3D Histech Pannoramic confocal scanner

Innovative Research Revolutionising the Detection of Prostate Cancer

No one wants to imagine having cancer. A ‘positive’ (high) PSA result can have a distressing impact on patients and their families, causing unnecessary fear and worry – you may have experienced this personally. Even worse, a false negative can mean aggressive tumours are not caught early enough, which can be fatal.

Right now, researchers are developing new, more accurate screening tests for prostate cancer.

Why? To address the alarming number of false negatives and false positives that arise with Prostate-Specific Antigen (PSA) testing, which is currently the primary screening test for prostate cancer worldwide.

This exciting research will help combat aggressive cancer with more accurate diagnosis.

Will you support research to help improve prostate cancer screening with a donation today and save lives from this terrible disease?

If you or someone you love, has undergone PSA testing you would know that it can only detect certain types of tumours. You will be pleased to know there is a better way, and our researchers are so close to making it possible.

Prof Brooks

With more than 30 years’ experience in medical research Professor Doug Brooks is an expert in his field and is committed to improving the odds for Australian men.

His exciting research will result in earlier detection and more accurate prognosis of prostate cancer.

This research is world-class and is set to save and improve the lives of so many men and their families.

“We are ambitious in terms of what we are trying to do, which is to revolutionise the field,” Prof Brooks says.

“The outcome we all want is to diagnose patients accurately and to enable them to be told whether they have prostate cancer, how advanced it is, and whether they need some radical intervention – at an early stage.”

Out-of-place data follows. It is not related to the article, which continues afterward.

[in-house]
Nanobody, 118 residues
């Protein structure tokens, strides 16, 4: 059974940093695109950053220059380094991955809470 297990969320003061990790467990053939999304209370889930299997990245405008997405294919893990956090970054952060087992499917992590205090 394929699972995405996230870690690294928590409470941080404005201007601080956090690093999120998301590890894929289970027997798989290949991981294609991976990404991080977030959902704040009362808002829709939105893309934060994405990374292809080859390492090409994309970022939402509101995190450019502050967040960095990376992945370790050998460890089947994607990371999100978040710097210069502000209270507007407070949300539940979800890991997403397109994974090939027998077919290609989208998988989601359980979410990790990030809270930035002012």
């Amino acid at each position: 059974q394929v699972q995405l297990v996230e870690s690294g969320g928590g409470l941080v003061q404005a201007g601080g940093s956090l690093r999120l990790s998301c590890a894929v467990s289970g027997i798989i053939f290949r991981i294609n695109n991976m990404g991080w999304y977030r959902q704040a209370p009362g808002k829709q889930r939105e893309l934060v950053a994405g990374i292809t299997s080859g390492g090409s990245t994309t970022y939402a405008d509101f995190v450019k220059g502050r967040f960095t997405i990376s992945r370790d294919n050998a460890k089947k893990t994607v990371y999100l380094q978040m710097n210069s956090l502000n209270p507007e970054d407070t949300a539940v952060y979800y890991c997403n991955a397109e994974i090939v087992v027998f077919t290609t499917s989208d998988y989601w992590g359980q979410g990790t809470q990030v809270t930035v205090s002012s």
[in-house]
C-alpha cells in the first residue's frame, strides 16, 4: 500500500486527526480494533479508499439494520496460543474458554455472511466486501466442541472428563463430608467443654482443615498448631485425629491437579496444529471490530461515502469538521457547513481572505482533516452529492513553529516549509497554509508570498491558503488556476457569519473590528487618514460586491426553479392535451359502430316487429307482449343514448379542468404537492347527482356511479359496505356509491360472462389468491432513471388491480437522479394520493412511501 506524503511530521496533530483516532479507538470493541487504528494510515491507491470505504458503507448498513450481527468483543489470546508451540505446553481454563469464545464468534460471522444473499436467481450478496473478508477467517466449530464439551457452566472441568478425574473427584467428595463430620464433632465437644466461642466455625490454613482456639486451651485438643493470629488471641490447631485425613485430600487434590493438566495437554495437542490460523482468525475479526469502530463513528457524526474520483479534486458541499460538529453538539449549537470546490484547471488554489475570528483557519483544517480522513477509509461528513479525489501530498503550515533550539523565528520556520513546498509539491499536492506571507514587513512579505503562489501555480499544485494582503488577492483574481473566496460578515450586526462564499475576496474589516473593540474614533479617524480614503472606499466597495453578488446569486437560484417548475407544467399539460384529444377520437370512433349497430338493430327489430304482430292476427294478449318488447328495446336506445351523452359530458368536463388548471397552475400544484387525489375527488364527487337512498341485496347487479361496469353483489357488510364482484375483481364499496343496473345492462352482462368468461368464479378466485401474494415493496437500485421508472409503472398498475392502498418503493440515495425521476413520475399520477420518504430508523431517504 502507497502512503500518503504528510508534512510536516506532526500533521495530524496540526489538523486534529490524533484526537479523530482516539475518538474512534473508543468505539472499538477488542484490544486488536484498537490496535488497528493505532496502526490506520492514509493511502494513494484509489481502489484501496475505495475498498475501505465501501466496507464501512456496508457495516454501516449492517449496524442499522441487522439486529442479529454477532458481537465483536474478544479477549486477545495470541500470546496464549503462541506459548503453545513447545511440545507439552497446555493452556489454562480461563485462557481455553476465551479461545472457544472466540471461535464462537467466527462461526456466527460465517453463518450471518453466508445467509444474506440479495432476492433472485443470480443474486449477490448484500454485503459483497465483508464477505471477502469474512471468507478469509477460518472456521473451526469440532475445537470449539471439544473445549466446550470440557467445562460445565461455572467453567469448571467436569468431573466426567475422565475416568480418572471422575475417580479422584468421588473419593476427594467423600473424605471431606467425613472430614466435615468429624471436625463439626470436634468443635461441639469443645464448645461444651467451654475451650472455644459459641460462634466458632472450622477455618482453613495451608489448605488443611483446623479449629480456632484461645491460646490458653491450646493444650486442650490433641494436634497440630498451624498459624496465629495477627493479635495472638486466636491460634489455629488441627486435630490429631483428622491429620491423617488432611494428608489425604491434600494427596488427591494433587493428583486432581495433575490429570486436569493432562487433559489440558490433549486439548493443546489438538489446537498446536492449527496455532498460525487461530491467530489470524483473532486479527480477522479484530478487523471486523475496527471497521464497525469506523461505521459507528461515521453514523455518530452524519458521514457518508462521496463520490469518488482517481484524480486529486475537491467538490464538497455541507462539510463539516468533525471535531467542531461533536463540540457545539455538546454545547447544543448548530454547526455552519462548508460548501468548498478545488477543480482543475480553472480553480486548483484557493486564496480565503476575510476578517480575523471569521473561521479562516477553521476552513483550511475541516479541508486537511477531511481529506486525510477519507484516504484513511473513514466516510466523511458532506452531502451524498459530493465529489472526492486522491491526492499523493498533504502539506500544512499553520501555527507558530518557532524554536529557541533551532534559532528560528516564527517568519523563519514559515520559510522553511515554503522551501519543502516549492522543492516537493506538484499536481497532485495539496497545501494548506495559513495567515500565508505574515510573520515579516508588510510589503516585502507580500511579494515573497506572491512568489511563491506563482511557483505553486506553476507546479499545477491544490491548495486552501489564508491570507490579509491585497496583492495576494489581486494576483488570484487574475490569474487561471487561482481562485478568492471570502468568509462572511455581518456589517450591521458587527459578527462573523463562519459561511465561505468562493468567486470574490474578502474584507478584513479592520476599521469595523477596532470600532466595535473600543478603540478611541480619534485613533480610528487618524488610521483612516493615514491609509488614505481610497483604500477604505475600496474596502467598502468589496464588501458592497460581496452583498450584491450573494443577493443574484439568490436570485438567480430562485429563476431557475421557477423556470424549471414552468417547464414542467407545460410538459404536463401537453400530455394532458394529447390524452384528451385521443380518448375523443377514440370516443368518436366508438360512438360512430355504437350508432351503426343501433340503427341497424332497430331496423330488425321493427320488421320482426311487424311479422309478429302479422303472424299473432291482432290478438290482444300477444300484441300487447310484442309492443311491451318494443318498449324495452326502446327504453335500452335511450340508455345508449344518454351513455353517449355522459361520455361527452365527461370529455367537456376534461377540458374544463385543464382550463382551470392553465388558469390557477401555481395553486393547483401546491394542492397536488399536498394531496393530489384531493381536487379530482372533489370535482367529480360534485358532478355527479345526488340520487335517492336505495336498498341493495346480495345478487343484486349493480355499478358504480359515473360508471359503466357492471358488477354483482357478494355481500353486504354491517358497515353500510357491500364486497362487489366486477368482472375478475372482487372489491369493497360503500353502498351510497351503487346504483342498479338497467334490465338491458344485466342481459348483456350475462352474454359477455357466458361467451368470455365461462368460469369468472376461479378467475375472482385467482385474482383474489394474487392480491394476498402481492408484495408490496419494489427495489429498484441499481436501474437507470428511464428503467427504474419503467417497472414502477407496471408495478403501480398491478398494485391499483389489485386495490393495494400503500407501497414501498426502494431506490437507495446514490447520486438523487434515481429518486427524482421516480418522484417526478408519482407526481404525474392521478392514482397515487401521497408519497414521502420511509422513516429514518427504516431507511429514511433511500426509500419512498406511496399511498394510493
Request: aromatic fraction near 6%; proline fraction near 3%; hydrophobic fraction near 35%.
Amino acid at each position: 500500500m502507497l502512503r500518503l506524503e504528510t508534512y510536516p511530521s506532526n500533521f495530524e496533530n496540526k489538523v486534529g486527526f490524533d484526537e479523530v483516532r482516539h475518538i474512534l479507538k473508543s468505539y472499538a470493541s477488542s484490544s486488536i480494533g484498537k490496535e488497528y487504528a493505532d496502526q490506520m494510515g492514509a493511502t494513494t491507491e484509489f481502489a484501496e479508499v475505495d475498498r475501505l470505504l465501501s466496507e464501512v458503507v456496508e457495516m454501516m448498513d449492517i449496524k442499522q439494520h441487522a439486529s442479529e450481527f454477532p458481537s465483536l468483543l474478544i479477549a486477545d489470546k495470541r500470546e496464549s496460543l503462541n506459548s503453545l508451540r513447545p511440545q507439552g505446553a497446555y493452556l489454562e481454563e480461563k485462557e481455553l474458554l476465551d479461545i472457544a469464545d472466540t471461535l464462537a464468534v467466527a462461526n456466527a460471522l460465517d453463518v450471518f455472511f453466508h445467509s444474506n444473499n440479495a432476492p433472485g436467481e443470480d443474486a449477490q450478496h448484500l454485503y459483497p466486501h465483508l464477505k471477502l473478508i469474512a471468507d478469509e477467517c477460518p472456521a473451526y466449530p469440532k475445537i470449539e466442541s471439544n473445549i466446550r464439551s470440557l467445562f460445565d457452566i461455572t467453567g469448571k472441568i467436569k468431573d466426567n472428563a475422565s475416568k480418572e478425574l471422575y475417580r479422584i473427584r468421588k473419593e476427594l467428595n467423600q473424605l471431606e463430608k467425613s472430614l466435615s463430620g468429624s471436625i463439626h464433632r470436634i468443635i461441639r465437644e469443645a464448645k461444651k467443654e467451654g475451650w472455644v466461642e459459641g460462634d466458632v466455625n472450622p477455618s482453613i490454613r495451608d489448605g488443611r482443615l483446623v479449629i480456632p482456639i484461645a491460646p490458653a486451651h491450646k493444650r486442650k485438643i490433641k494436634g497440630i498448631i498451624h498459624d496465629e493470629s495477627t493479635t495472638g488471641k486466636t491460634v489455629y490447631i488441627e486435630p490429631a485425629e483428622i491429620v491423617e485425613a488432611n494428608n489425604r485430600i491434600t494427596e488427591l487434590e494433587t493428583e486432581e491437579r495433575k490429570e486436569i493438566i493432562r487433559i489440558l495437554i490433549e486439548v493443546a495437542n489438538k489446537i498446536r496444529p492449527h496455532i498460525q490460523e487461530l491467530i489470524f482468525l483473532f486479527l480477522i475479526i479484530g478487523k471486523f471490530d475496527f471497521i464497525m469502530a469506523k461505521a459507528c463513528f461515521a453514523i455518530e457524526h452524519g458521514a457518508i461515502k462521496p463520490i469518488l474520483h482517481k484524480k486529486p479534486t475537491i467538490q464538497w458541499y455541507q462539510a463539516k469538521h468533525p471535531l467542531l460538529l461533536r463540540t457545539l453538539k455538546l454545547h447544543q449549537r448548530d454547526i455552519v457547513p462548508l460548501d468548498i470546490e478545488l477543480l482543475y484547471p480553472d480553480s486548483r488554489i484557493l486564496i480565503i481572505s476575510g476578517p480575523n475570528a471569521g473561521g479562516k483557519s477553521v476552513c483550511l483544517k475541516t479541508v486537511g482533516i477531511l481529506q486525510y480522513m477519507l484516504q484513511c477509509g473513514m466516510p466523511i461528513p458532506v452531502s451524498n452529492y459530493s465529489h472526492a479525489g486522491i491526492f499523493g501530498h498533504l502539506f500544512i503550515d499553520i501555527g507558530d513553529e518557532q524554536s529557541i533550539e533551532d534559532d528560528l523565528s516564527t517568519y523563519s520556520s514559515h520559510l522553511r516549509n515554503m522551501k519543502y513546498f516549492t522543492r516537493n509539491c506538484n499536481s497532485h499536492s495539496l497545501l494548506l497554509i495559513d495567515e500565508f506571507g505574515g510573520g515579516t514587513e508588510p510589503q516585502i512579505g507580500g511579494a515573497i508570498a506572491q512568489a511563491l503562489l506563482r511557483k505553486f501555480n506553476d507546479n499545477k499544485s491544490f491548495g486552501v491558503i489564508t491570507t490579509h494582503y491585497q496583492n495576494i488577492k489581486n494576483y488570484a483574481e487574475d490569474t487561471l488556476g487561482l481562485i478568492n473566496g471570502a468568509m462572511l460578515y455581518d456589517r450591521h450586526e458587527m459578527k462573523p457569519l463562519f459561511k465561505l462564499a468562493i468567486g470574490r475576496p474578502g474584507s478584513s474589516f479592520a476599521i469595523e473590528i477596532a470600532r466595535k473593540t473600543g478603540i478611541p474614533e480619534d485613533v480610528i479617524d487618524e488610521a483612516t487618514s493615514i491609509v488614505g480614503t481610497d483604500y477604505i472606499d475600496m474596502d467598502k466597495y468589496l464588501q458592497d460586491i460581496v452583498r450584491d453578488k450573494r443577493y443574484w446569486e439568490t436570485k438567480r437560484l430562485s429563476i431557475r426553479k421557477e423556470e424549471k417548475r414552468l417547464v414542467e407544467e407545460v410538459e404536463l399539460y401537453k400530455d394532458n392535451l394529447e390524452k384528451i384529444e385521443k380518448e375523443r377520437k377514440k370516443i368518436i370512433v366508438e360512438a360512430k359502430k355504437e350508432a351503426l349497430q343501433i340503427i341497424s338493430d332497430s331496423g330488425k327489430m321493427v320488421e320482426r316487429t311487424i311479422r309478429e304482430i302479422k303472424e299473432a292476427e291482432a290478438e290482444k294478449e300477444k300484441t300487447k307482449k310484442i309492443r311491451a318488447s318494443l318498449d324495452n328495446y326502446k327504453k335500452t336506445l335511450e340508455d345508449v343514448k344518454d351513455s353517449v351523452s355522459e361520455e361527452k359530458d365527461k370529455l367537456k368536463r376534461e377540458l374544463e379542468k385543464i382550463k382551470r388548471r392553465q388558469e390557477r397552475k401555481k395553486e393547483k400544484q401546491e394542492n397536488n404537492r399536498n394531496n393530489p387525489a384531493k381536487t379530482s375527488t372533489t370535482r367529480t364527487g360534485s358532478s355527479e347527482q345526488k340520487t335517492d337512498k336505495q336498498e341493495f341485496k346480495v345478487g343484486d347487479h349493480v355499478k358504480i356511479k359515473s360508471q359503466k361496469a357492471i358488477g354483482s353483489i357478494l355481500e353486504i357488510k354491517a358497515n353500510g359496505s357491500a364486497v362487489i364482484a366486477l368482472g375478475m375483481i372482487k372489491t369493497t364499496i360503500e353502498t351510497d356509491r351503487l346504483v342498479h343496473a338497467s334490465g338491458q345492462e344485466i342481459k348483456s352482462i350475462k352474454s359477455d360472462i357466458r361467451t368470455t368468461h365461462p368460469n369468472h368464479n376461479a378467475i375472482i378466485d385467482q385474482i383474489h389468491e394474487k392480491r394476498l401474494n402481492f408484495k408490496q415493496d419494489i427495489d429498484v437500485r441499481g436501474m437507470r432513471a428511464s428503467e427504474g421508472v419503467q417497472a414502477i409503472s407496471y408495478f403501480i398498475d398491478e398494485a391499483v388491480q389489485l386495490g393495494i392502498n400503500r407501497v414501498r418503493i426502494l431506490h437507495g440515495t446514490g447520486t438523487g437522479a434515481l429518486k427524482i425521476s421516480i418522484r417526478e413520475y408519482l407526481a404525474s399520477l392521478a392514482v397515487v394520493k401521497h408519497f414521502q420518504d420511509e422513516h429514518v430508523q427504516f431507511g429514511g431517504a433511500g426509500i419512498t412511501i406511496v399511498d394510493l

Will you support the research that promises to give Australian men more comprehensive tools for testing against prostate cancer?

To further enhance and fast-track Prof Brooks research, Australian Prostate Cancer, in partnership with The Hospital Research Foundation has recently granted the University of South Australia a significant grant to purchase a 3D Histech Pannoramic confocal scanner.

This is only possible thanks to the generous support from committed donors like you.

This new piece of equipment is a “game changer” and gives researchers the tools to be able accurately visualise the prostate cancer and determine which patients need immediate radical intervention – to reduce unnecessary surgery and improve treatment outcomes.

With your donation today, you will ensure the research using this cutting-edge technology can continue, bringing us closer to our goal.

As you know, medical research takes time and money, with your kind gift you ensure more researchers can make the most of this exciting technology to fast track outcomes and save lives from prostate cancer.

Prof Brooks research is just steps away from translation into clinical practice which means patients are very close to being able to access this innovative work.

Best of all, this research will not just fight prostate cancer but will be applicable to many other cancers – to save lives of thousands of Australians suffering from the terrible disease.

3D Histech Pannoramic confocal scanner

It’s clear from the image that the new scanner is far superior to the one currently in use which will fast-track the research to help to reduce unnecessary surgery for prostate cancer and improve treatment outcomes.



More accurate testing for prostate cancer will help the men in your life, as well as having a far-reaching impact on many Australian men. Men like Paul Fennel.

You or someone you love may be able to relate directly to Paul’s experience. He is thankful he was vigilant with his health after being diagnosed with prostate cancer at age 57.

“When I was diagnosed I spent a lot of time researching and reading other men’s experiences through online community forums, and unfortunately I would read about men who are in their 50s, 40s and even 30s who are living with prostate cancer. It’s a terrible disease,” he said.

“Like many other men diagnosed with prostate cancer I didn’t have any symptoms for my cancer. We’re lucky research has improved current diagnostic tools and it will only continue to do so.”

Please give today to ensure the ground-breaking research that will revolutionise how we detect prostate cancer is made available sooner.

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